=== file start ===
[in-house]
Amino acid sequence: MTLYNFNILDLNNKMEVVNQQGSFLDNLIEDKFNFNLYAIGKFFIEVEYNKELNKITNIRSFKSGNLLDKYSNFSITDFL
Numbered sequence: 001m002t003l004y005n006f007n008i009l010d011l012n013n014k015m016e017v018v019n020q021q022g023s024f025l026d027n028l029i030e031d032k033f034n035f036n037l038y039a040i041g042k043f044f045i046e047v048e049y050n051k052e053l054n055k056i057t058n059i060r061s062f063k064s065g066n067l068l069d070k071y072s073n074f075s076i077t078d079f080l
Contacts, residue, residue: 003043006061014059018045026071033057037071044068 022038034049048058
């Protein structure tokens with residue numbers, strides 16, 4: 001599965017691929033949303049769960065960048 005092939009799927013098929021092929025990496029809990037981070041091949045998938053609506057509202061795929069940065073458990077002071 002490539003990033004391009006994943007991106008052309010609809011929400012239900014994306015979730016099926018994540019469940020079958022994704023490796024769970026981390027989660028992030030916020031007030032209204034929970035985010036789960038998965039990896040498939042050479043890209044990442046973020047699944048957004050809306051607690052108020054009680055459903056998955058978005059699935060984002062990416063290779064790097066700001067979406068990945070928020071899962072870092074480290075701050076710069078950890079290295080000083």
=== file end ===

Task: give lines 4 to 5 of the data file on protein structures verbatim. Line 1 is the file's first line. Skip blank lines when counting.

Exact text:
Contacts, residue, residue: 003043006061014059018045026071033057037071044068 022038034049048058
């Protein structure tokens with residue numbers, strides 16, 4: 001599965017691929033949303049769960065960048 005092939009799927013098929021092929025990496029809990037981070041091949045998938053609506057509202061795929069940065073458990077002071 002490539003990033004391009006994943007991106008052309010609809011929400012239900014994306015979730016099926018994540019469940020079958022994704023490796024769970026981390027989660028992030030916020031007030032209204034929970035985010036789960038998965039990896040498939042050479043890209044990442046973020047699944048957004050809306051607690052108020054009680055459903056998955058978005059699935060984002062990416063290779064790097066700001067979406068990945070928020071899962072870092074480290075701050076710069078950890079290295080000083």